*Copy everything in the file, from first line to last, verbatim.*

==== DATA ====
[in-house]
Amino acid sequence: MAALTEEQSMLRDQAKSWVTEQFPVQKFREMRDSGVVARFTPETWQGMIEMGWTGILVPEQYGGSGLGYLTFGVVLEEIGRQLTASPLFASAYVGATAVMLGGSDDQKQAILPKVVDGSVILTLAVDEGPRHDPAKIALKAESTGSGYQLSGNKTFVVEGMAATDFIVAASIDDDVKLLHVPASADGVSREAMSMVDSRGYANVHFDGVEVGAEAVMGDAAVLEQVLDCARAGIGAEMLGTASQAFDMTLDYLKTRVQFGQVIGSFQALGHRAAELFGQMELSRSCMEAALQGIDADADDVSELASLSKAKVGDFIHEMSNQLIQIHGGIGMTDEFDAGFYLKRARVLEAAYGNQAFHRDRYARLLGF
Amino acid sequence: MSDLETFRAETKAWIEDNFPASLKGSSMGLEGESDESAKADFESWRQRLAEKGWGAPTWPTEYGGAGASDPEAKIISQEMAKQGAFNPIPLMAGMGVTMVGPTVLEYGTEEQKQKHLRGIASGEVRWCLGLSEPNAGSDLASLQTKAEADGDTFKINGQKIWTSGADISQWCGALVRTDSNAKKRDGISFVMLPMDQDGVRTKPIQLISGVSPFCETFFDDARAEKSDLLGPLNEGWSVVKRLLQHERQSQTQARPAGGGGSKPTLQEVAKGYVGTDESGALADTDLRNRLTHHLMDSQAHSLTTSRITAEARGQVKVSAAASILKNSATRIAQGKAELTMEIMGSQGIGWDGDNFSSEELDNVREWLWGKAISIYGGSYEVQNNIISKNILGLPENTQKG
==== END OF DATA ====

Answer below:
[in-house]
Amino acid sequence: MAALTEEQSMLRDQAKSWVTEQFPVQKFREMRDSGVVARFTPETWQGMIEMGWTGILVPEQYGGSGLGYLTFGVVLEEIGRQLTASPLFASAYVGATAVMLGGSDDQKQAILPKVVDGSVILTLAVDEGPRHDPAKIALKAESTGSGYQLSGNKTFVVEGMAATDFIVAASIDDDVKLLHVPASADGVSREAMSMVDSRGYANVHFDGVEVGAEAVMGDAAVLEQVLDCARAGIGAEMLGTASQAFDMTLDYLKTRVQFGQVIGSFQALGHRAAELFGQMELSRSCMEAALQGIDADADDVSELASLSKAKVGDFIHEMSNQLIQIHGGIGMTDEFDAGFYLKRARVLEAAYGNQAFHRDRYARLLGF
Amino acid sequence: MSDLETFRAETKAWIEDNFPASLKGSSMGLEGESDESAKADFESWRQRLAEKGWGAPTWPTEYGGAGASDPEAKIISQEMAKQGAFNPIPLMAGMGVTMVGPTVLEYGTEEQKQKHLRGIASGEVRWCLGLSEPNAGSDLASLQTKAEADGDTFKINGQKIWTSGADISQWCGALVRTDSNAKKRDGISFVMLPMDQDGVRTKPIQLISGVSPFCETFFDDARAEKSDLLGPLNEGWSVVKRLLQHERQSQTQARPAGGGGSKPTLQEVAKGYVGTDESGALADTDLRNRLTHHLMDSQAHSLTTSRITAEARGQVKVSAAASILKNSATRIAQGKAELTMEIMGSQGIGWDGDNFSSEELDNVREWLWGKAISIYGGSYEVQNNIISKNILGLPENTQKG